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European Commission Economic and Financial Affairs
E-NEWS - Issue 141
In this issue - 08 July 2016
 

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Joint press conference by Valdis Dombrovskis and Pierre Moscovici © European Union
Stability and Growth Pact: update on the fiscal situation of Spain and Portugal

Despite considerable efforts, Spain and Portugal have not done enough to correct their excessive deficits, the Commission said on 7 July in a recommendation to EU finance ministers. If the council adopts the recommendation, the Commission will be legally obliged to present within 20 days a proposal for a fine and a partial suspension of EU Structural and Investment Funds. The Commission, may, however recommend a reduced fine, or cancel it all together, on the grounds of exceptional economic circumstances, or if the Member States concerned submit a ‘reasoned request’ within 10 days of the council’s decision. As regards the structural and investment funds, the Commission is legally required to propose a partial suspension for the following year. This could be lifted once the Commission considers that the Member States are again fully compliant with the Stability and Growth Pact. Both Spain and Portugal will require new deadlines to correct their excessive deficits and the Commission will propose a new fiscal adjustment path for each country at a subsequent stage. The Commission stands ready to work with the Spanish and Portuguese authorities to define the best path ahead and will continue to apply the Stability and Growth Pact rules, in an intelligent way.

 

See also:

Policy and surveillance Spain

Policy and surveillance Portugal

Viewpoint
Pierre Moscovici, Commissioner for Economic and Financial Affairs, Taxation and Customs

“The Commission has always acted, is acting now and will continue to act within the rules of the Stability and Growth Pact. These are complex but intelligent rules that must be applied in an intelligent way by the Commission and the Council. We will work with Spain and Portugal to reach a shared understanding of the policy commitments that should be made."

More News
Tax Avoidance and Legislation © Thinkstock
Commission strengthens transparency rules to tackle terrorism financing, tax avoidance and money laundering

The Commission has adopted a proposal to further reinforce EU rules on anti-money laundering in order to counter terrorist financing and increase transparency about who really owns companies and trusts. The changes proposed on 5 July will tackle new means of terrorist financing linked to virtual currencies and the use of anonymous pre-paid instruments such as pre-paid cards. They will also enhance the powers of EU Financial Intelligence Units and facilitate their cooperation, as well as provide for stronger checks on risky third countries. Stricter transparency rules to prevent tax avoidance and money laundering include mandating full public access to the beneficial ownership registers on companies and business-related trusts, and extending due diligence controls. This Commission proposal is the first initiative to implement the Action Plan of February 2016 for strengthening the fight against terrorist financing and is also part of a broader drive to boost tax transparency and tackle tax abuse. The Commission released, in parallel, a Communication that responds to the recent Panama Papers revelations.

See also : The fight against tax fraud and tax evasion
Family photo © European Union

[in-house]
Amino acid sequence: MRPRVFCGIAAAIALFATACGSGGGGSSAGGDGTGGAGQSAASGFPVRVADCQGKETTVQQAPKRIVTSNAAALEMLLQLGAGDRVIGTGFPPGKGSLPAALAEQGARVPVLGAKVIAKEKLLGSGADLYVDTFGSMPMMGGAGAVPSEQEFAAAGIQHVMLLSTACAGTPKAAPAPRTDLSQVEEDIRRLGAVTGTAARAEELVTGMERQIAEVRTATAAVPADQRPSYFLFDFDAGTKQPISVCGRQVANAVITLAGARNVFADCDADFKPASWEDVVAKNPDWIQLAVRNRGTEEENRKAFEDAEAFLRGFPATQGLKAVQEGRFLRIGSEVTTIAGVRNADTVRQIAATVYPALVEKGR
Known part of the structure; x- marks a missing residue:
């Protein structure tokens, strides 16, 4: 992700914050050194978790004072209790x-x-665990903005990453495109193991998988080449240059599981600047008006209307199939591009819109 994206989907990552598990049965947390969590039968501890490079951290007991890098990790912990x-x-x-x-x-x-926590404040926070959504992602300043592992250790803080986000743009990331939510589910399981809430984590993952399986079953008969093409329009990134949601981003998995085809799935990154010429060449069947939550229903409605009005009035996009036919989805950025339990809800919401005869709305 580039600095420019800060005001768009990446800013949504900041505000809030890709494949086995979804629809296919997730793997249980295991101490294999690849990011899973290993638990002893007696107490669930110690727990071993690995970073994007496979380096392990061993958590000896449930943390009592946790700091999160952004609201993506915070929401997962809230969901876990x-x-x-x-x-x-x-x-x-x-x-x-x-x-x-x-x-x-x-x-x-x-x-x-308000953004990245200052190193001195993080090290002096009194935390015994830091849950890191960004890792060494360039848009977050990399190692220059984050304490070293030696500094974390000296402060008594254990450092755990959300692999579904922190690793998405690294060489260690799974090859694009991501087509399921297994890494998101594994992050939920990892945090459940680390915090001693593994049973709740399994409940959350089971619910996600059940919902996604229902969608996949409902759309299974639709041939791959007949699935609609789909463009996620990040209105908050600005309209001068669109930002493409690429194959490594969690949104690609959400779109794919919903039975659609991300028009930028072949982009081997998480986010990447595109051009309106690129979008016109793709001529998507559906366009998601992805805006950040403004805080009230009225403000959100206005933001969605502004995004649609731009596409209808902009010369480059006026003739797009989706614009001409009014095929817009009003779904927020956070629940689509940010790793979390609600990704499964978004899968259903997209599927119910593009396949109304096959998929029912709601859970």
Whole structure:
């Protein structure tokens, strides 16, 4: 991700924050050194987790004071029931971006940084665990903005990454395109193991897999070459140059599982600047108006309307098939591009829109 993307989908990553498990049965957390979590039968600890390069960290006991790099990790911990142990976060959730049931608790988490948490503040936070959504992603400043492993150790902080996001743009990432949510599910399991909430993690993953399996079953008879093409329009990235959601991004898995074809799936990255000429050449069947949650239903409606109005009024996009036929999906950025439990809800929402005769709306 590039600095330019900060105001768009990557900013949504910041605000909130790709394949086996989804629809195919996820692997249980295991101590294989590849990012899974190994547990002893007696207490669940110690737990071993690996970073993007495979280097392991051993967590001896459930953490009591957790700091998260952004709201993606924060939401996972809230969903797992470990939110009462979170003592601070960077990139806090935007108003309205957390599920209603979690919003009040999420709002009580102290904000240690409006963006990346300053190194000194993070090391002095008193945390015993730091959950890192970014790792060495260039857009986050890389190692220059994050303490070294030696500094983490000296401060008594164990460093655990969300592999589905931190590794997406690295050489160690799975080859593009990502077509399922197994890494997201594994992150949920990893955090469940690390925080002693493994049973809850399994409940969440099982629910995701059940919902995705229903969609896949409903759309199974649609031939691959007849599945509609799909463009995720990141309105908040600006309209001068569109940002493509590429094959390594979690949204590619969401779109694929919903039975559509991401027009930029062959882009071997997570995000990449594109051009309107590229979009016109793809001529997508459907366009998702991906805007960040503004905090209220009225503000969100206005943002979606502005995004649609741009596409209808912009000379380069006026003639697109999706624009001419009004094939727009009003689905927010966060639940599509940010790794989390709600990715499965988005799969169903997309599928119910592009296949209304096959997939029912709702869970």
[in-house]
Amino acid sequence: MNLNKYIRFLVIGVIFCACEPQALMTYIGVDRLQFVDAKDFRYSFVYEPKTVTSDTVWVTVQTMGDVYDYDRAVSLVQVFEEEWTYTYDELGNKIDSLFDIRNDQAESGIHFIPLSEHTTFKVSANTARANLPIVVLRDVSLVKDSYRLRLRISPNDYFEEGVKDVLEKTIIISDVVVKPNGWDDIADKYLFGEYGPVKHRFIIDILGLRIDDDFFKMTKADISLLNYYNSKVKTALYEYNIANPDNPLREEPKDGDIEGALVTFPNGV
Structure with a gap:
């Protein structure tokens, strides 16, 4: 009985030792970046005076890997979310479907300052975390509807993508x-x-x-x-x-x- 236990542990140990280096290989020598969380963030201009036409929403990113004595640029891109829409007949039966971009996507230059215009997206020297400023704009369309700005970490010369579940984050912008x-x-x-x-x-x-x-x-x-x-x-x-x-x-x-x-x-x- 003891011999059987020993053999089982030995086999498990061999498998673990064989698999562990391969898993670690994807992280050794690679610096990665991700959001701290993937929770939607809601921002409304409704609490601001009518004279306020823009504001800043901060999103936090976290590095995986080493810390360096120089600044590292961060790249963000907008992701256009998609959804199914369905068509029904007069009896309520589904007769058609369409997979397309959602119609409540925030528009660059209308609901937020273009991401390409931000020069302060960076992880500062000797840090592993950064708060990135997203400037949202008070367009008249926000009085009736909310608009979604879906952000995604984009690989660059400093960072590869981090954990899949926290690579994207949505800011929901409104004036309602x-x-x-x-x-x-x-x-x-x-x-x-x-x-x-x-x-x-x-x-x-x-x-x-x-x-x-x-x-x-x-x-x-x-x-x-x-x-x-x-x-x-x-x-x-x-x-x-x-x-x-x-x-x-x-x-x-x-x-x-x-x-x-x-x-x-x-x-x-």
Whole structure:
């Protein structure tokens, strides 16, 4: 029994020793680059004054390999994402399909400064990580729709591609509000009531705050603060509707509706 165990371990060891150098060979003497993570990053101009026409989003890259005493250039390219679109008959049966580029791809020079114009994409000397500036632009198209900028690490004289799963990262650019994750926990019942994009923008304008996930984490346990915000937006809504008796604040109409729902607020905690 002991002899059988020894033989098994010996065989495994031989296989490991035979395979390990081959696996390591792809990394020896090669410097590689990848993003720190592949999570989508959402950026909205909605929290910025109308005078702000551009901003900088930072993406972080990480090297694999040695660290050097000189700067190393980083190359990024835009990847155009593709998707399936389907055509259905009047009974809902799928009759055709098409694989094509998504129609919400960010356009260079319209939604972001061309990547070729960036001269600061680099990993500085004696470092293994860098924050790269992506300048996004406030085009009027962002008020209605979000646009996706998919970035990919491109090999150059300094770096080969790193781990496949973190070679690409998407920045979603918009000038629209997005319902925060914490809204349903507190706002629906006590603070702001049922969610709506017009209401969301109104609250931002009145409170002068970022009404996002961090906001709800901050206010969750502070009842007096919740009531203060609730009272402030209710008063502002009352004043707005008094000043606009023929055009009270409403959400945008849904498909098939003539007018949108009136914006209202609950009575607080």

2016 European Semester: EU leaders endorse country-specific recommendations

On 28 June, the European Council of EU leaders generally endorsed the country-specific recommendations (CSRs) as approved by the Council. Upon formal adoption by the Council, this allows the conclusion of the 2016 European Semester, the EU’s annual policy monitoring process. The 2016 CSRs, which the Commission published on 18 May, set out the Commission’s economic policy guidance for individual Member States for the next 12 to 18 months. In addition to efforts the Commission already identified in November 2015 at the Euro area level, and the Council adopted in March, the guidance focused on priority reforms to strengthen the recovery of Member States’ economies by boosting investment, implementing structural reforms and pursuing fiscal responsibility. The CSRs are to be formally adopted by the Council on 12 July, thus concluding the 2016 European Semester. The European Council also called for the different Single Market strategies and action plans proposed by the Commission to be completed and implemented by 2018. Referring to the outcome of the referendum in the UK, the European Council expressed regret, but also respect for the will of the majority of the British people.

See also : European Council conclusions, 28 June 2016
Image from the Macro-Financial Assistance video © European Union
Commission proposes EUR 200 million in assistance for Jordan

Following a request by the Jordanian government, the European Commission has proposed additional Macro-Financial Assistance (MFA) to Jordan of up to EUR 200 million in medium-term loans at favourable financing conditions. The assistance, which was announced on 29 June, is part of a wider effort by the EU and other international donors to help Jordan and other countries in the region mitigate the economic and social impact stemming from regional conflicts and the presence of a large number of Syrian refugees in the country. The EU MFA will help Jordan cover its external financing needs in 2016 and 2017, while supporting reform measures aimed at strengthening the balance of payments and budgetary position, improving the investment climate and fostering economic integration and regulatory convergence with the EU. The ultimate aim is to help Jordan lay the conditions for economic growth that will benefit both Jordanians and the Syrian and other refugees living in Jordan. The European Parliament and the Council need to approve the new MFA programme before disbursements could start later this year. A short video released on that occasion summarises the key principles of MFA and the reasons why the EU provides it.